The US and China have reportedly agreed to roll back tariffs as part of any new trade deal.
The reports come amid rising hopes that the two countries will sign a pact that declares an end to a trade fight that has disrupted the global economy.
Officials have described the in-the-works agreement as a partial, "phase one" deal that is unlikely to fully address issues over technology theft that helped launch the fight.
No signing date has been settled.
The two sides had been expected to present a phase one deal at a gathering of world leaders in Chile before the end of the year, but the country cancelled two summits planned for the coming weeks after domestic protests.
China had been pressing the US to remove tariffs on its goods as part of any deal.
A spokesman for its Commerce Ministry said the two sides had agreed to cancel the tariffs "in stages" as the agreement develops.
On Thursday, Reuters and Bloomberg reported that a US trade official had confirmed that some tariffs would be lifted, should a deal be reached.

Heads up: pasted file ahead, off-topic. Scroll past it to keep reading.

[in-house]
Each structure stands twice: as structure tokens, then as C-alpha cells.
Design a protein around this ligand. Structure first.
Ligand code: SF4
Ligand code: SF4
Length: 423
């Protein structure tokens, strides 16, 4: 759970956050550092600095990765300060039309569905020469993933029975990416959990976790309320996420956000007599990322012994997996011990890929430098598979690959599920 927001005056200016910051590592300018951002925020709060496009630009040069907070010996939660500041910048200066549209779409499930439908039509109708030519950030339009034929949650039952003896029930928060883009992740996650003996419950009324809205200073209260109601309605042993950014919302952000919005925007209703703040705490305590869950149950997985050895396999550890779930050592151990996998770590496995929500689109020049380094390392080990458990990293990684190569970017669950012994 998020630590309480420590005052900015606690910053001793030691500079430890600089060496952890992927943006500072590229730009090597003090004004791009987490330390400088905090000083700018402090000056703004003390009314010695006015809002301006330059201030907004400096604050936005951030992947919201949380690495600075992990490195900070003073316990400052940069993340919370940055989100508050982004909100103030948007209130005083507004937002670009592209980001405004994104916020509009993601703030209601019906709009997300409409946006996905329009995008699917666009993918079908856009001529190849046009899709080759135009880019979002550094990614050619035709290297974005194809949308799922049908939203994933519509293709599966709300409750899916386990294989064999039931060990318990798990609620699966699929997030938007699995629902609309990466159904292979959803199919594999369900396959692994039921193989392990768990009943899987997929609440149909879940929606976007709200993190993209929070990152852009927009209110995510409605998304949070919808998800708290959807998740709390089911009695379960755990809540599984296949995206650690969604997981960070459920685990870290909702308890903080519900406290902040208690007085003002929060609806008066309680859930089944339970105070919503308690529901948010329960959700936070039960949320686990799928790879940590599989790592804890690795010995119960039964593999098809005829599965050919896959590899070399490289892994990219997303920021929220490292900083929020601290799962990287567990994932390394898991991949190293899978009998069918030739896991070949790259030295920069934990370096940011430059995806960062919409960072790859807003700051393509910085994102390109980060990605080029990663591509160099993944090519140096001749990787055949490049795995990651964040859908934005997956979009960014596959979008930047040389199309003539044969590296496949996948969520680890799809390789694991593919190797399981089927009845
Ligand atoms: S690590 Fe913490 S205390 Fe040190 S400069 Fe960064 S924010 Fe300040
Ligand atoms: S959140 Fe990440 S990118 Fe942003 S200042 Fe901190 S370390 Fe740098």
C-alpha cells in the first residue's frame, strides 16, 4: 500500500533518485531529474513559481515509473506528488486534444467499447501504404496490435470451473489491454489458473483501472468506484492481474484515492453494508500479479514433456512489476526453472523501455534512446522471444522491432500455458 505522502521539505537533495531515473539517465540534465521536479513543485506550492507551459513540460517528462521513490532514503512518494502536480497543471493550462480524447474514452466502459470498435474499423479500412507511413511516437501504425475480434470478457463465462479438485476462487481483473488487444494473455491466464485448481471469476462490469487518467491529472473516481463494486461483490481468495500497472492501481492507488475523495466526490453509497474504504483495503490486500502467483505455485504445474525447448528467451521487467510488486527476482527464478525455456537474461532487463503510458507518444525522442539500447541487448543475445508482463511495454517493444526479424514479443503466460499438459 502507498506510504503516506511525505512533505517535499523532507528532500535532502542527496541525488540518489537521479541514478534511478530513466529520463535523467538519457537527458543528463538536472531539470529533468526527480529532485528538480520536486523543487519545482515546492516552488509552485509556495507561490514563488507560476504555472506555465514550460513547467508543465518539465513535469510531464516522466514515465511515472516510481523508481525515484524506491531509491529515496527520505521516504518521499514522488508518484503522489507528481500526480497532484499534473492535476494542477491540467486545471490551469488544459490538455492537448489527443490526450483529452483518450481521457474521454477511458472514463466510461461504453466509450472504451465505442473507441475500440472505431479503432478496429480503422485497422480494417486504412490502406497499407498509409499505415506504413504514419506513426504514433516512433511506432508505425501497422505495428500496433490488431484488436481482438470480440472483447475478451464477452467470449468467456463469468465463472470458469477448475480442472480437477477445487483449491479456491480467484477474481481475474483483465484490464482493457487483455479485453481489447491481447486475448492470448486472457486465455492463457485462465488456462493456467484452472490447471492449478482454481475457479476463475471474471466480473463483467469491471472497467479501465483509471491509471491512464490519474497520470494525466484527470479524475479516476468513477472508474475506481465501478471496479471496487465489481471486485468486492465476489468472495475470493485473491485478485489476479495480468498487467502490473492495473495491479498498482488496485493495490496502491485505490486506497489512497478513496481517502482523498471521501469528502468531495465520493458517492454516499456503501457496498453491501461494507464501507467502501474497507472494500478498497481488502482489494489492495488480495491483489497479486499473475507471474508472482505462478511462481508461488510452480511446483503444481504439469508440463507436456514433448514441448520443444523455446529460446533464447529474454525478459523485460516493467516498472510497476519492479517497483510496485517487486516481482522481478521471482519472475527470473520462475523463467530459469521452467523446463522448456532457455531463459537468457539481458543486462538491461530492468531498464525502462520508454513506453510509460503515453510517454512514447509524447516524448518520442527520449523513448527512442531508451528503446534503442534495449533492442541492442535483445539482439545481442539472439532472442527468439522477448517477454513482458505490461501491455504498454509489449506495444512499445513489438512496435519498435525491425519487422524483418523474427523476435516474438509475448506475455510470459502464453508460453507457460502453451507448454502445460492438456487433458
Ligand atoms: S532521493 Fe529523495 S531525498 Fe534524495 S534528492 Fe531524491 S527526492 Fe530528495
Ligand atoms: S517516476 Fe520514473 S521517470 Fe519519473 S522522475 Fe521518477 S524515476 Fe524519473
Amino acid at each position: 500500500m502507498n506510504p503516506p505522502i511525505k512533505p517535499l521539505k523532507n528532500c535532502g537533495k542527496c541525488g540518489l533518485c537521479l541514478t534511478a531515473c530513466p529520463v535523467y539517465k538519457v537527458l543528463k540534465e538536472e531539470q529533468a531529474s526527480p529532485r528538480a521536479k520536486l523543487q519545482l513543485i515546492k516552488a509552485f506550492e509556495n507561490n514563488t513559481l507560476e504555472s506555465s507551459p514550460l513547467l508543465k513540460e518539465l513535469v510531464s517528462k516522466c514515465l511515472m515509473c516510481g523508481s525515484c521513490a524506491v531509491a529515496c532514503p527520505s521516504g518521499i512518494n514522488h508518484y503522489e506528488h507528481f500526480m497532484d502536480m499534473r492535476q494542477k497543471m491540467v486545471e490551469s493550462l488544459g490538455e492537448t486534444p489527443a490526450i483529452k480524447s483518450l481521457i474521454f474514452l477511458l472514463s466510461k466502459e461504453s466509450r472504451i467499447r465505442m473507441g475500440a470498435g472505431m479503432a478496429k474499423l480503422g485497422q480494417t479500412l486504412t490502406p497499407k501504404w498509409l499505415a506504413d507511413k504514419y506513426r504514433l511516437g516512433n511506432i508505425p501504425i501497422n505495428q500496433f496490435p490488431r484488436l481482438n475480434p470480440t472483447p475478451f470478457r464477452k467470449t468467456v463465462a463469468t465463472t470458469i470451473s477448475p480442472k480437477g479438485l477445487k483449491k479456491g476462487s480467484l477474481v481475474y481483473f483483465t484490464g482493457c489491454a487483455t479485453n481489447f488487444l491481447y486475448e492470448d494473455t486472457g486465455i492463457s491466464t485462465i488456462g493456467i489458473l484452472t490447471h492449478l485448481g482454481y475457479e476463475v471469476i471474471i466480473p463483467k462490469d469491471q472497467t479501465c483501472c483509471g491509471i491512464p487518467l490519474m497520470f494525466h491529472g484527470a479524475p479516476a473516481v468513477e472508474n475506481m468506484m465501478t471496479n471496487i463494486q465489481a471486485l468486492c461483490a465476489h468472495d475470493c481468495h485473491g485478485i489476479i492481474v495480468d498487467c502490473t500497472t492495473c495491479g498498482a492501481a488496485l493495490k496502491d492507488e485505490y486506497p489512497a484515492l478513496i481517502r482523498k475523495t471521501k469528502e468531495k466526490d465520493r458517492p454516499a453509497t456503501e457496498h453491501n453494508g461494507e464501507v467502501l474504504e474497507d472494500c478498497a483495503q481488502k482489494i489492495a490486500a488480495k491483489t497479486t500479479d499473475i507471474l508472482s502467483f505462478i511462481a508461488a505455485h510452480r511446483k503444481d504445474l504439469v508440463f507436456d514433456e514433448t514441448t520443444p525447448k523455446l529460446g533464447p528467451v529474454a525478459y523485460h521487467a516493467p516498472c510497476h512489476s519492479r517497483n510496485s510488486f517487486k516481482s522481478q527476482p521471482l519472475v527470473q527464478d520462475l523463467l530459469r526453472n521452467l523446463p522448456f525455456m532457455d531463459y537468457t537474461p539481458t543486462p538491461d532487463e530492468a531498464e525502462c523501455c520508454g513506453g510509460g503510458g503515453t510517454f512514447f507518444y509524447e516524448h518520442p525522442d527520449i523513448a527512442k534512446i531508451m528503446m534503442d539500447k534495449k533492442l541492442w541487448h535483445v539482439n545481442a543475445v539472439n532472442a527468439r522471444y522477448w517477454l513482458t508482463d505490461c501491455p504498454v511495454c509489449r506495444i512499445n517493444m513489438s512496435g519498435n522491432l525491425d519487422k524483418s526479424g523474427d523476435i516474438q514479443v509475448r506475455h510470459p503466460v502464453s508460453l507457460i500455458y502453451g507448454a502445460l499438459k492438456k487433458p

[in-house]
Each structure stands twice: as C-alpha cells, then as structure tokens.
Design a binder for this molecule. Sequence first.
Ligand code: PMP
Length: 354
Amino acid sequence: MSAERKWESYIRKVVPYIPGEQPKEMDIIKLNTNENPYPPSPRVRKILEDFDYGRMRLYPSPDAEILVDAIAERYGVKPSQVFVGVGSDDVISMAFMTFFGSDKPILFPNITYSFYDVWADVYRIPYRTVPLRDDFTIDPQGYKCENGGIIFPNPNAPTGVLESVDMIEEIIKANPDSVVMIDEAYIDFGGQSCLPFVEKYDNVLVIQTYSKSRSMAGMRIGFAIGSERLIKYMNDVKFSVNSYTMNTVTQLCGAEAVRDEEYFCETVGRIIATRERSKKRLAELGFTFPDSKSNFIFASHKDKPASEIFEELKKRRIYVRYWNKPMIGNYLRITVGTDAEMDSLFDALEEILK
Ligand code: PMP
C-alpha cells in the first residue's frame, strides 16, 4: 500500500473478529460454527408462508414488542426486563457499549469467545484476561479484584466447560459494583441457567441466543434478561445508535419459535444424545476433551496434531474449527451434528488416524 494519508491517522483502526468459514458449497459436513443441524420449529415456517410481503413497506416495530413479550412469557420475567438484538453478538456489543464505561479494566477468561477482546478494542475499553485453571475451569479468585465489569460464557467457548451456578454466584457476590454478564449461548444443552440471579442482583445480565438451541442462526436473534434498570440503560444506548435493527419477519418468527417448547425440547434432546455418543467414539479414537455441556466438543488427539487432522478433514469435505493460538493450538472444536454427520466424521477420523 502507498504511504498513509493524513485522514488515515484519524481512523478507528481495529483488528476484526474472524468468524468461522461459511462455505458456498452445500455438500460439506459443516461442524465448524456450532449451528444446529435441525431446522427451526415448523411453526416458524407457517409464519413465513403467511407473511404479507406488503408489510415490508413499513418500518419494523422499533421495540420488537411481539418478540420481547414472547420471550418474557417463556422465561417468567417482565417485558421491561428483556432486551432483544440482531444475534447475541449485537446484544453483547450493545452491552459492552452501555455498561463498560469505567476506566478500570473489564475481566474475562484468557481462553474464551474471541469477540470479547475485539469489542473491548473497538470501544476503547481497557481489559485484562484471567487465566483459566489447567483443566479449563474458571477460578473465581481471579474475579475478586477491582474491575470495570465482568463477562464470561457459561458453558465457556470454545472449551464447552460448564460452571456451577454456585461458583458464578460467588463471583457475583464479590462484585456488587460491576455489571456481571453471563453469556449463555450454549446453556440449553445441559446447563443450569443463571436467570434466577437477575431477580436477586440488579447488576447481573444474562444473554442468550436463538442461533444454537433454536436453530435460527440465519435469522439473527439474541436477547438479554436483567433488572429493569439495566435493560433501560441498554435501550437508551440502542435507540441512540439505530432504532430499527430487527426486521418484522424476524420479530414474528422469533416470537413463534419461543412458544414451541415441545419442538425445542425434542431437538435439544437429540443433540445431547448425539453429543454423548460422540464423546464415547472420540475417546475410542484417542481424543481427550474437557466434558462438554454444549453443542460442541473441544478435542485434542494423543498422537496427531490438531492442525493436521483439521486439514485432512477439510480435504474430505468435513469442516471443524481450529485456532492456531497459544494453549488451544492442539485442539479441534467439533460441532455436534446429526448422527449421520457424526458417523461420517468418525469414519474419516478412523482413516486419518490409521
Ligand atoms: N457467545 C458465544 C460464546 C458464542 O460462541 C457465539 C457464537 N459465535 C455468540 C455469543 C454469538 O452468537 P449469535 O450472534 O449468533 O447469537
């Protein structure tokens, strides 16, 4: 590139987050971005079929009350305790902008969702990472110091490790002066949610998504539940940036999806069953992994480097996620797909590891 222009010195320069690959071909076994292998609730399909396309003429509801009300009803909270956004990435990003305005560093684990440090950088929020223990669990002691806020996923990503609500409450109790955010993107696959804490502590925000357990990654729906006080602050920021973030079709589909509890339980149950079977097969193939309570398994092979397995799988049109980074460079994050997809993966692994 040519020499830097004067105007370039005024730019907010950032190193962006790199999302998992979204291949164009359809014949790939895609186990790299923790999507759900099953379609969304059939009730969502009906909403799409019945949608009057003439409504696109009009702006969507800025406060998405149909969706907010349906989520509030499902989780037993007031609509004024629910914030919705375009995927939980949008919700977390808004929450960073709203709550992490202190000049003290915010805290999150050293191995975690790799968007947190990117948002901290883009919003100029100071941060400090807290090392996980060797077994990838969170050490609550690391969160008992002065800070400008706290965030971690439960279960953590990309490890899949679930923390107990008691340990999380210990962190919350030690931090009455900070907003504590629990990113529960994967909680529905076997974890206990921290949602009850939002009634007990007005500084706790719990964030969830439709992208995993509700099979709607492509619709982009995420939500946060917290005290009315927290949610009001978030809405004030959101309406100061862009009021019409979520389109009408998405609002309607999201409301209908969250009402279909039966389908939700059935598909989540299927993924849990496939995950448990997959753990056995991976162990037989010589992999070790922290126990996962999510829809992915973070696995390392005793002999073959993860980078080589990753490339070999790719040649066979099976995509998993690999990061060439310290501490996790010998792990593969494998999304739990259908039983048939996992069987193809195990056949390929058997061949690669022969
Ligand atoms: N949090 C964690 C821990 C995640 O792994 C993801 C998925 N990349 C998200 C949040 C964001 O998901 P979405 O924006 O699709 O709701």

But US negotiators did not publicly endorse the report and Reuters later reported that the plan faces "fierce" internal opposition.
Stock markets gained on the reports, seeing them as a sign that a deal is getting closer.
The US and China have imposed tariffs on each others' goods, worth billions of dollars worth of annual trade since last year.
The duties have hurt trade, acting as a drag on the economies of both countries and putting pressure on their leaders to strike an agreement.
The International Monetary Fund estimates that the US-China trade war will shave almost a percentage point off of global growth this year.